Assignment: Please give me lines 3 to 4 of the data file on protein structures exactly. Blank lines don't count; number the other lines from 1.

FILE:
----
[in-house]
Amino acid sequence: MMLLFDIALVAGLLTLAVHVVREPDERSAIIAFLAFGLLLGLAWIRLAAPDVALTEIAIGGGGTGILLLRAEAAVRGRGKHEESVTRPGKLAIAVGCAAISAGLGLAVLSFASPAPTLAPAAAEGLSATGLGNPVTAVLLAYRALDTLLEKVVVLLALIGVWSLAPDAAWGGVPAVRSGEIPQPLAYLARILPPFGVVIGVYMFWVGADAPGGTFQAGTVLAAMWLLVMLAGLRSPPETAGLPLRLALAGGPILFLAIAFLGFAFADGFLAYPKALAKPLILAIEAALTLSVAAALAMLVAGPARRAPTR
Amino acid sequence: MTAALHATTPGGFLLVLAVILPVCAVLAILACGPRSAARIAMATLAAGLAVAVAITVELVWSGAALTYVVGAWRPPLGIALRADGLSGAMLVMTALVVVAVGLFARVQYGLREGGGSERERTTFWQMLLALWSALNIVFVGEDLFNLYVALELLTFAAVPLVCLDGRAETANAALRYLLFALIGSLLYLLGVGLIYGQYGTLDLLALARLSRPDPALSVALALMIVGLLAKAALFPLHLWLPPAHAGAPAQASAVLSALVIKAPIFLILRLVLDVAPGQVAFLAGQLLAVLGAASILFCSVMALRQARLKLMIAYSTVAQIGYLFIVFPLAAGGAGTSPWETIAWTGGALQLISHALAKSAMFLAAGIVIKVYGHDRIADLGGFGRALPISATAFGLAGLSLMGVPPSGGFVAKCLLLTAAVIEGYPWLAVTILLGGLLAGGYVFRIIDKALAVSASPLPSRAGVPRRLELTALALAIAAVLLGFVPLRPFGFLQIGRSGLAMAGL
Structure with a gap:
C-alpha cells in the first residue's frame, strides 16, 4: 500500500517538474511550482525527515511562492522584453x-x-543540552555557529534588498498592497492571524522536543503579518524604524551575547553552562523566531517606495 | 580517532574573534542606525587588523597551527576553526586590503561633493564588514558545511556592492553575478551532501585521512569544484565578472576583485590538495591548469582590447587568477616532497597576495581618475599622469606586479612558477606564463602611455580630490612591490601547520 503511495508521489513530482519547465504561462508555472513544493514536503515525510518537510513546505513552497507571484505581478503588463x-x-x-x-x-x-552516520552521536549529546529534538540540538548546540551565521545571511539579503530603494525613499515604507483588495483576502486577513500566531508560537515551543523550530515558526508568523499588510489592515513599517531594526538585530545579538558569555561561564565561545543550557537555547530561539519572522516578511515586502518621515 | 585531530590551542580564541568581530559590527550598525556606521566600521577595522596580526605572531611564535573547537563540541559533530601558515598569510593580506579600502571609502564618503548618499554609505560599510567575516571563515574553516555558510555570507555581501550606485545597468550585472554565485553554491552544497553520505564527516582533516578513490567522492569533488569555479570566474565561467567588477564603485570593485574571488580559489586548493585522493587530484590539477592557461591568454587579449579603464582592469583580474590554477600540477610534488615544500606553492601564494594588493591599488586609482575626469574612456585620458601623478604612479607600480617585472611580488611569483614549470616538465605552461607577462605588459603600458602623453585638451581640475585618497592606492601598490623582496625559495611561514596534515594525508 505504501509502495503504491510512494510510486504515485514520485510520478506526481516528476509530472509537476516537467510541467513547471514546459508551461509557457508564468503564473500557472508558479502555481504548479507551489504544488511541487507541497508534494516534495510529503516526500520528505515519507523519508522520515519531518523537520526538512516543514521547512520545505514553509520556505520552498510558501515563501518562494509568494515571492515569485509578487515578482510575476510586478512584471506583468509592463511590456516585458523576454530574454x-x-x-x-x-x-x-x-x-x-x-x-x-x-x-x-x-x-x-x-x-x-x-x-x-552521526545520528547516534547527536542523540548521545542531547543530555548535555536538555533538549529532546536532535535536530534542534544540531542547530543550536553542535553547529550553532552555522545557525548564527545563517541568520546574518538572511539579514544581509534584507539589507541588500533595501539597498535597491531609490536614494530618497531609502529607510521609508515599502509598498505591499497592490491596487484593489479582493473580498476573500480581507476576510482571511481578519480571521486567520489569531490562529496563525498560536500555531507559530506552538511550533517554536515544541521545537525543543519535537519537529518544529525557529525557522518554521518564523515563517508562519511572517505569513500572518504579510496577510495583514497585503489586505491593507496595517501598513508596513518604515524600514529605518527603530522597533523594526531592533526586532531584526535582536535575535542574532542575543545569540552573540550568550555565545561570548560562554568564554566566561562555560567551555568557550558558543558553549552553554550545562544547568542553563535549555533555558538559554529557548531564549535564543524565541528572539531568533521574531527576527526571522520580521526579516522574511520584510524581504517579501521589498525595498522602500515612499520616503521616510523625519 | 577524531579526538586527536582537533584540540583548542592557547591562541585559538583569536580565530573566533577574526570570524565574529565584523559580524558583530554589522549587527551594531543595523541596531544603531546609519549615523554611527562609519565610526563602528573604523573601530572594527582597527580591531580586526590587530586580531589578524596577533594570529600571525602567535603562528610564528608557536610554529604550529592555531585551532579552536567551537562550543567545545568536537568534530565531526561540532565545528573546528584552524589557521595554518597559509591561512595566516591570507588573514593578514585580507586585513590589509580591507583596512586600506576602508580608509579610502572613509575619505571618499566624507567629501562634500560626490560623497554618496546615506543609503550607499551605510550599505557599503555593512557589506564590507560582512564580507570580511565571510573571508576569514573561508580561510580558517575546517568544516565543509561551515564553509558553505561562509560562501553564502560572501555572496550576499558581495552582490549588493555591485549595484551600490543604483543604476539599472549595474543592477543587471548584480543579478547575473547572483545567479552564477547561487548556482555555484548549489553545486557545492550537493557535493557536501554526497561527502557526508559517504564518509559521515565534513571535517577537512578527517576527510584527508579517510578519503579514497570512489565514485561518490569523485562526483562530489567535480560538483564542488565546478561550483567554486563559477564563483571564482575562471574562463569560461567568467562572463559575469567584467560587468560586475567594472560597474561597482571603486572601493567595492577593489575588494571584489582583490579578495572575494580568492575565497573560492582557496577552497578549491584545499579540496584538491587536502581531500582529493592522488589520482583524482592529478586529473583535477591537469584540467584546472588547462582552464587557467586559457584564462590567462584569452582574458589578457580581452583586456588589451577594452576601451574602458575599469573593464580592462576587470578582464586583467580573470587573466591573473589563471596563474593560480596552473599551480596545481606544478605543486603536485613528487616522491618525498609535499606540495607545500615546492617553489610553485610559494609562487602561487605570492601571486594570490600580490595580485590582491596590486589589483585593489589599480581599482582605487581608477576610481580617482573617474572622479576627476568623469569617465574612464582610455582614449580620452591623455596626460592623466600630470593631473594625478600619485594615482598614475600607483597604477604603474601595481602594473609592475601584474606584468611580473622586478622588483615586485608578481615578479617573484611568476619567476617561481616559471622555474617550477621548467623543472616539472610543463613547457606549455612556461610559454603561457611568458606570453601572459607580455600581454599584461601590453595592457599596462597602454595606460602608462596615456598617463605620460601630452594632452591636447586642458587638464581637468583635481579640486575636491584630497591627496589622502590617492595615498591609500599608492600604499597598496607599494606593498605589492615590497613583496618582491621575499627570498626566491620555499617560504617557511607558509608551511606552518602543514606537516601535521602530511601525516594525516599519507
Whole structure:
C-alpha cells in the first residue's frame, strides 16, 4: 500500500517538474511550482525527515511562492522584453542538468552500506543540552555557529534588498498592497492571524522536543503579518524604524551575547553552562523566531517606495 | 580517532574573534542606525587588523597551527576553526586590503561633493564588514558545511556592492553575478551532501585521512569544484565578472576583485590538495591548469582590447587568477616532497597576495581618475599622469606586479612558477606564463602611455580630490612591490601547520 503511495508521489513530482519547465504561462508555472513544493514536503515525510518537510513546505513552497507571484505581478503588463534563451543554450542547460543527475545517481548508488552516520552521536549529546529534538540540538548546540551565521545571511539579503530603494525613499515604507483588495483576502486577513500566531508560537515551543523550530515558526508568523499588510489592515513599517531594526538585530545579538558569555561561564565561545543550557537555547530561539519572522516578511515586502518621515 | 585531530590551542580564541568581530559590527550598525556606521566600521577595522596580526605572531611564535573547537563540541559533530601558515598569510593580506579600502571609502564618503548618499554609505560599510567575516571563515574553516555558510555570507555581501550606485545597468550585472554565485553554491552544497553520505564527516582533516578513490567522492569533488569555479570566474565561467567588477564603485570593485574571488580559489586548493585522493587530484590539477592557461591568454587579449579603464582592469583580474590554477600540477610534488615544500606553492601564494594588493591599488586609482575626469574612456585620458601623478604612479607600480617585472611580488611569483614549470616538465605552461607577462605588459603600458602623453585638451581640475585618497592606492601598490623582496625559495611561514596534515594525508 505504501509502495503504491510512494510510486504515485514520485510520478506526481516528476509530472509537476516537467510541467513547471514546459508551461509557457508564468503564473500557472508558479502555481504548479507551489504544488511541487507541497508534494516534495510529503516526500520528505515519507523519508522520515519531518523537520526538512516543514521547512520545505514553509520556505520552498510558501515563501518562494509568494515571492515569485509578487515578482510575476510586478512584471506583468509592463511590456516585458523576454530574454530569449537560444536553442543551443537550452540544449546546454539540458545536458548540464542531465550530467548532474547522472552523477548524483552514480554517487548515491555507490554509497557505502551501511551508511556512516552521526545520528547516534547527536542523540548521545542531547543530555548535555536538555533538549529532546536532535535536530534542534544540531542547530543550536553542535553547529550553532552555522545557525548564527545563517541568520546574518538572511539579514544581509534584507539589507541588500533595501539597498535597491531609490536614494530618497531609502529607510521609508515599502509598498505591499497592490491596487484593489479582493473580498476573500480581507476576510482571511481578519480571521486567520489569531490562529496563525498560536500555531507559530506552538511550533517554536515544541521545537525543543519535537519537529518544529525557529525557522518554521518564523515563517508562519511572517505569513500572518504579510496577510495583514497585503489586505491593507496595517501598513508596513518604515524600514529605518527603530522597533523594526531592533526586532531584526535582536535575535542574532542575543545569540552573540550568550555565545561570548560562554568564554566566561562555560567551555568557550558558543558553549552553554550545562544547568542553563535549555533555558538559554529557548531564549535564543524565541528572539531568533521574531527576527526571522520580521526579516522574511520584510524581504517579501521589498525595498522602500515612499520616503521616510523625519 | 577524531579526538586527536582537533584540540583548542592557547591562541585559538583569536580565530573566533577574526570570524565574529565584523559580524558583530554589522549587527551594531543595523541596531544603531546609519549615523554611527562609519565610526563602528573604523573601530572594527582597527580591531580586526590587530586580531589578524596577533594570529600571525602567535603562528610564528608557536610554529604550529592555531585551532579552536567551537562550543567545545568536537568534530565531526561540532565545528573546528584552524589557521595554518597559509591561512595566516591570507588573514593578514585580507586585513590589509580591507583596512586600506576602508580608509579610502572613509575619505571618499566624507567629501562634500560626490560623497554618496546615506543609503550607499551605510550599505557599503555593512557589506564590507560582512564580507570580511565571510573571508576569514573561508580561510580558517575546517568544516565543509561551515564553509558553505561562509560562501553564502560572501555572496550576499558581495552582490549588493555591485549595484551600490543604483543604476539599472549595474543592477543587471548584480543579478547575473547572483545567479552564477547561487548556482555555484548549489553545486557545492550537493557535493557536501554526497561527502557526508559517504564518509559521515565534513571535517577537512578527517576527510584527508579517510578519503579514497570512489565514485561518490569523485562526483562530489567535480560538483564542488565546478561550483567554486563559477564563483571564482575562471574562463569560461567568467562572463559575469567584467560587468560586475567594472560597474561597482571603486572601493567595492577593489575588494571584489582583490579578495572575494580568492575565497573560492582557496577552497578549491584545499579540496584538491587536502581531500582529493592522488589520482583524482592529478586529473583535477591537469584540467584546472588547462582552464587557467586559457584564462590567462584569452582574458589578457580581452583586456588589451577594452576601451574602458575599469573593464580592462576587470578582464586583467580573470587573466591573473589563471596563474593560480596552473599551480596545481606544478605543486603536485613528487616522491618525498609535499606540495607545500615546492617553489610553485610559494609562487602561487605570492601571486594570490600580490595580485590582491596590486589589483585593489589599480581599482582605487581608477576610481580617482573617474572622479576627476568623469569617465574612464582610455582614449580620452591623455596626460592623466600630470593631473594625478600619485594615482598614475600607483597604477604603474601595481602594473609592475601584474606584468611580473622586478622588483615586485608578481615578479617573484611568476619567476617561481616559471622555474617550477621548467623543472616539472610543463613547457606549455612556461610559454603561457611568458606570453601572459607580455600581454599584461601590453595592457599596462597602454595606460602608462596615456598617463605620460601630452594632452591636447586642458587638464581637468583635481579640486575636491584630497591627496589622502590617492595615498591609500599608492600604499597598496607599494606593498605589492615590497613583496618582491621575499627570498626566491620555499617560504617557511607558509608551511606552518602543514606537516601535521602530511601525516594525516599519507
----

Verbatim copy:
Amino acid sequence: MTAALHATTPGGFLLVLAVILPVCAVLAILACGPRSAARIAMATLAAGLAVAVAITVELVWSGAALTYVVGAWRPPLGIALRADGLSGAMLVMTALVVVAVGLFARVQYGLREGGGSERERTTFWQMLLALWSALNIVFVGEDLFNLYVALELLTFAAVPLVCLDGRAETANAALRYLLFALIGSLLYLLGVGLIYGQYGTLDLLALARLSRPDPALSVALALMIVGLLAKAALFPLHLWLPPAHAGAPAQASAVLSALVIKAPIFLILRLVLDVAPGQVAFLAGQLLAVLGAASILFCSVMALRQARLKLMIAYSTVAQIGYLFIVFPLAAGGAGTSPWETIAWTGGALQLISHALAKSAMFLAAGIVIKVYGHDRIADLGGFGRALPISATAFGLAGLSLMGVPPSGGFVAKCLLLTAAVIEGYPWLAVTILLGGLLAGGYVFRIIDKALAVSASPLPSRAGVPRRLELTALALAIAAVLLGFVPLRPFGFLQIGRSGLAMAGL
Structure with a gap: